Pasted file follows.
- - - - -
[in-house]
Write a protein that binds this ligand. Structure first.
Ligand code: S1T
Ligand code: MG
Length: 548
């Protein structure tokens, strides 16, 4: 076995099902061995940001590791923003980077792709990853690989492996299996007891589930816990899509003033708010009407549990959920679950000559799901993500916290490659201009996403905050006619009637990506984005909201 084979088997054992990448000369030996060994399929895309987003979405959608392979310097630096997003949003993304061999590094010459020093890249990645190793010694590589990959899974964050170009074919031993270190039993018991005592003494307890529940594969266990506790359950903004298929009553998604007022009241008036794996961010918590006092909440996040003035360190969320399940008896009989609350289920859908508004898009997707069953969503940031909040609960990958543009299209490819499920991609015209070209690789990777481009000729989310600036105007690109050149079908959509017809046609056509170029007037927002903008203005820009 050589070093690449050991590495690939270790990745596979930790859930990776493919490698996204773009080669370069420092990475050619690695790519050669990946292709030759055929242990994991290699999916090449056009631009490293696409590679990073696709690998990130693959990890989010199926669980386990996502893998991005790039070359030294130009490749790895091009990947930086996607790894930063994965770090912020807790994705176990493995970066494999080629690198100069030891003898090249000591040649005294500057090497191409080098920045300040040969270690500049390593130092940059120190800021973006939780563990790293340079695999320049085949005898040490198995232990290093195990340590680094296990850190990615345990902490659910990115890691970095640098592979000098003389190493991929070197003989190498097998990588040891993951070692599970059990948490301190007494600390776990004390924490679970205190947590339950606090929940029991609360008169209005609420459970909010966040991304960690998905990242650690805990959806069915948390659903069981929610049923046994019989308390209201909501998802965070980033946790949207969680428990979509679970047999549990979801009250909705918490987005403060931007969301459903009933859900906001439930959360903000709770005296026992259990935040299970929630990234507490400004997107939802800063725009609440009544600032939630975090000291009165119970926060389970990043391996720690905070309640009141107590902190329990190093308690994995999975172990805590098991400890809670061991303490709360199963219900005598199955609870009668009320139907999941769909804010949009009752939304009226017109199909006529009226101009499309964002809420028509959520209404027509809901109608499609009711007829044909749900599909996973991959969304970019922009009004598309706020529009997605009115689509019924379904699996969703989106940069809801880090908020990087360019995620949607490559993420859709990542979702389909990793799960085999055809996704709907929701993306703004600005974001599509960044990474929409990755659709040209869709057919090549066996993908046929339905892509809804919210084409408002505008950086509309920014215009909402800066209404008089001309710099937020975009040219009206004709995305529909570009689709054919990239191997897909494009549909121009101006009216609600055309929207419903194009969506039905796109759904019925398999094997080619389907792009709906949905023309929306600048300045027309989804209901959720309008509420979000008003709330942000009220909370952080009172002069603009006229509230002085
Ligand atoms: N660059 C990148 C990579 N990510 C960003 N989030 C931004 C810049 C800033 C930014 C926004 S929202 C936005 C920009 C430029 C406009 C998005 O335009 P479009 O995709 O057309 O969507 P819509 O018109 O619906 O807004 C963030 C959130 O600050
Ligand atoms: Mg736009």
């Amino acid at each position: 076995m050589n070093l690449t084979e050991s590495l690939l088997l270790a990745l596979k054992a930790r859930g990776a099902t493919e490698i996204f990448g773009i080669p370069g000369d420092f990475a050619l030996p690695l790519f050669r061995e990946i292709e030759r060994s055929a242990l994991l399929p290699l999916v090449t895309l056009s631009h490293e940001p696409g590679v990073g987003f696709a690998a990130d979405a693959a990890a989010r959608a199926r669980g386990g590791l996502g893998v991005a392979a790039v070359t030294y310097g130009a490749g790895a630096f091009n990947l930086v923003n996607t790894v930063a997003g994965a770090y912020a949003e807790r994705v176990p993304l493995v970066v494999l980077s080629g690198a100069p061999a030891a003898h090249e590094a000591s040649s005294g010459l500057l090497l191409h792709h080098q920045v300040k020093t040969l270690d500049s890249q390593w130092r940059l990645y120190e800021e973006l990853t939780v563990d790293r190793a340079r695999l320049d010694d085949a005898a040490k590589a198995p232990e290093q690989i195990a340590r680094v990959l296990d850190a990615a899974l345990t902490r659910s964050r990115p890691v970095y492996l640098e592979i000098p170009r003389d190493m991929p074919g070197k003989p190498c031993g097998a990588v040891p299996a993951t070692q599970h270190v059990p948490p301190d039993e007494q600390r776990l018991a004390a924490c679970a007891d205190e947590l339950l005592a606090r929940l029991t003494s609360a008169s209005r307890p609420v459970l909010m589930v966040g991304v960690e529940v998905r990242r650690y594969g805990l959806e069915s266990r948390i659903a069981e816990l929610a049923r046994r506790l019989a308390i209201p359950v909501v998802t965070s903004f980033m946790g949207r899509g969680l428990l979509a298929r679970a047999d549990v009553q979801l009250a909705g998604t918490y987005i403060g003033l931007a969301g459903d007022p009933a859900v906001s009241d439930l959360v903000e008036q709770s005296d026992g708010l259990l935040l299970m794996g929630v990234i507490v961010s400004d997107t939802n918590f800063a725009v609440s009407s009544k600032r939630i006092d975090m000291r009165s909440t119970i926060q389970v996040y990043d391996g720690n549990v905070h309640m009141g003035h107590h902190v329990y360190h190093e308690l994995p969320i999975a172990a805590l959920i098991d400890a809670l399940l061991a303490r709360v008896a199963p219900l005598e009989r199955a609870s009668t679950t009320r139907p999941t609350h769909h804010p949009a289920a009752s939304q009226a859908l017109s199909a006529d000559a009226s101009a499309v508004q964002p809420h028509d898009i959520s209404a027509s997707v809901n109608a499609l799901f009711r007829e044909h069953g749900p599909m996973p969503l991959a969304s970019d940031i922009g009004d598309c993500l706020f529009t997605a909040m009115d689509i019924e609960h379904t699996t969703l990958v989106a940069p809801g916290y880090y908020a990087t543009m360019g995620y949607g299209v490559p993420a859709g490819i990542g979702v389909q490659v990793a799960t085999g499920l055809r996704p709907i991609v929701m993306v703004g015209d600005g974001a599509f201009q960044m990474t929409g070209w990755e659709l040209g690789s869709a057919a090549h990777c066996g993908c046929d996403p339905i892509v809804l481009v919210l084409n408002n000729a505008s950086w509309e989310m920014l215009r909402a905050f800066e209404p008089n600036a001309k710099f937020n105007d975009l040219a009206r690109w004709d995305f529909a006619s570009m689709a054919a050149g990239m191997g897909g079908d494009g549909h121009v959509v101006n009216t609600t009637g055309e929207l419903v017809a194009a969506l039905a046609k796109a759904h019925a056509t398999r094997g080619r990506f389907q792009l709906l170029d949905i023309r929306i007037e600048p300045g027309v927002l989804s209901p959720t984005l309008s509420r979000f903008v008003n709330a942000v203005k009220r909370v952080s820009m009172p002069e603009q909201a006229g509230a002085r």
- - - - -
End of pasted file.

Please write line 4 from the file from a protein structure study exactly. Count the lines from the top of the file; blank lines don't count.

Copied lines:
Ligand code: MG